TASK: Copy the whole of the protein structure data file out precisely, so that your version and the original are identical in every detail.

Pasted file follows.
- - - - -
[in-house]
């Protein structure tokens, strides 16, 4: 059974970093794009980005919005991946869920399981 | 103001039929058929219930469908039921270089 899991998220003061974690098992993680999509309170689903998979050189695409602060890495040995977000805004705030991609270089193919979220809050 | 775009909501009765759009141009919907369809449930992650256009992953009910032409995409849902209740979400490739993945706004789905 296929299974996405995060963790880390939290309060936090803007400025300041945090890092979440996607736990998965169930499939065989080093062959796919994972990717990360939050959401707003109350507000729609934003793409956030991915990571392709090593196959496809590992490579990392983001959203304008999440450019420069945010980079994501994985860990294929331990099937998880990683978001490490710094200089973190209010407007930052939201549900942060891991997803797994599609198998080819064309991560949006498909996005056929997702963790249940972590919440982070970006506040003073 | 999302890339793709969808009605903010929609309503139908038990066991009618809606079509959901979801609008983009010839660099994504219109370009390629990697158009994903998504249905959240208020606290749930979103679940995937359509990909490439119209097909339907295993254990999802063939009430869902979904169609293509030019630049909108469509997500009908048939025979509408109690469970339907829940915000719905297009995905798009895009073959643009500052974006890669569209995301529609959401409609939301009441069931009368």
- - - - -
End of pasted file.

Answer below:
[in-house]
């Protein structure tokens, strides 16, 4: 059974970093794009980005919005991946869920399981 | 103001039929058929219930469908039921270089 899991998220003061974690098992993680999509309170689903998979050189695409602060890495040995977000805004705030991609270089193919979220809050 | 775009909501009765759009141009919907369809449930992650256009992953009910032409995409849902209740979400490739993945706004789905 296929299974996405995060963790880390939290309060936090803007400025300041945090890092979440996607736990998965169930499939065989080093062959796919994972990717990360939050959401707003109350507000729609934003793409956030991915990571392709090593196959496809590992490579990392983001959203304008999440450019420069945010980079994501994985860990294929331990099937998880990683978001490490710094200089973190209010407007930052939201549900942060891991997803797994599609198998080819064309991560949006498909996005056929997702963790249940972590919440982070970006506040003073 | 999302890339793709969808009605903010929609309503139908038990066991009618809606079509959901979801609008983009010839660099994504219109370009390629990697158009994903998504249905959240208020606290749930979103679940995937359509990909490439119209097909339907295993254990999802063939009430869902979904169609293509030019630049909108469509997500009908048939025979509408109690469970339907829940915000719905297009995905798009895009073959643009500052974006890669569209995301529609959401409609939301009441069931009368």